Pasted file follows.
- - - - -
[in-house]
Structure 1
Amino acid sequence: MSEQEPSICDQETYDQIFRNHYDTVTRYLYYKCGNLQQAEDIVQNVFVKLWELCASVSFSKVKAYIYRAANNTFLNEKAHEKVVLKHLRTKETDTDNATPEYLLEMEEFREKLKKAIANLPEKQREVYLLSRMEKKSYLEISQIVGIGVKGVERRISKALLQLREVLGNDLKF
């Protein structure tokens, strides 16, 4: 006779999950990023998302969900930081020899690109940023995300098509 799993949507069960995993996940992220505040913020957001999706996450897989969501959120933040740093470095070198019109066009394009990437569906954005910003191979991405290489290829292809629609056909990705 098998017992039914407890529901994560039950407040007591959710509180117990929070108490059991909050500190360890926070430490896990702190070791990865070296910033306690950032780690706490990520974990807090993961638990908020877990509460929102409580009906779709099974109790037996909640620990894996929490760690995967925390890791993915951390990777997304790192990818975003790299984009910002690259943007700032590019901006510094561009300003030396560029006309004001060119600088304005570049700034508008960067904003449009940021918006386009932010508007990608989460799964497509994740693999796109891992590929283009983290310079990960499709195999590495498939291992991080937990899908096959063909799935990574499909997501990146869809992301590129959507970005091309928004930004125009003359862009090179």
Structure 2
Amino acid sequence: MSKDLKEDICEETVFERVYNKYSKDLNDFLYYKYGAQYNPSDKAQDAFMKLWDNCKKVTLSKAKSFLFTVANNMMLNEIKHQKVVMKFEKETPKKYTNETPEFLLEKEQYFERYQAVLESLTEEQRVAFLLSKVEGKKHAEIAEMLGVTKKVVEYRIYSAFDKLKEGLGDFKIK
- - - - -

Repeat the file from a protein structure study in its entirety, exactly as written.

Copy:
[in-house]
Structure 1
Amino acid sequence: MSEQEPSICDQETYDQIFRNHYDTVTRYLYYKCGNLQQAEDIVQNVFVKLWELCASVSFSKVKAYIYRAANNTFLNEKAHEKVVLKHLRTKETDTDNATPEYLLEMEEFREKLKKAIANLPEKQREVYLLSRMEKKSYLEISQIVGIGVKGVERRISKALLQLREVLGNDLKF
């Protein structure tokens, strides 16, 4: 006779999950990023998302969900930081020899690109940023995300098509 799993949507069960995993996940992220505040913020957001999706996450897989969501959120933040740093470095070198019109066009394009990437569906954005910003191979991405290489290829292809629609056909990705 098998017992039914407890529901994560039950407040007591959710509180117990929070108490059991909050500190360890926070430490896990702190070791990865070296910033306690950032780690706490990520974990807090993961638990908020877990509460929102409580009906779709099974109790037996909640620990894996929490760690995967925390890791993915951390990777997304790192990818975003790299984009910002690259943007700032590019901006510094561009300003030396560029006309004001060119600088304005570049700034508008960067904003449009940021918006386009932010508007990608989460799964497509994740693999796109891992590929283009983290310079990960499709195999590495498939291992991080937990899908096959063909799935990574499909997501990146869809992301590129959507970005091309928004930004125009003359862009090179």
Structure 2
Amino acid sequence: MSKDLKEDICEETVFERVYNKYSKDLNDFLYYKYGAQYNPSDKAQDAFMKLWDNCKKVTLSKAKSFLFTVANNMMLNEIKHQKVVMKFEKETPKKYTNETPEFLLEKEQYFERYQAVLESLTEEQRVAFLLSKVEGKKHAEIAEMLGVTKKVVEYRIYSAFDKLKEGLGDFKIK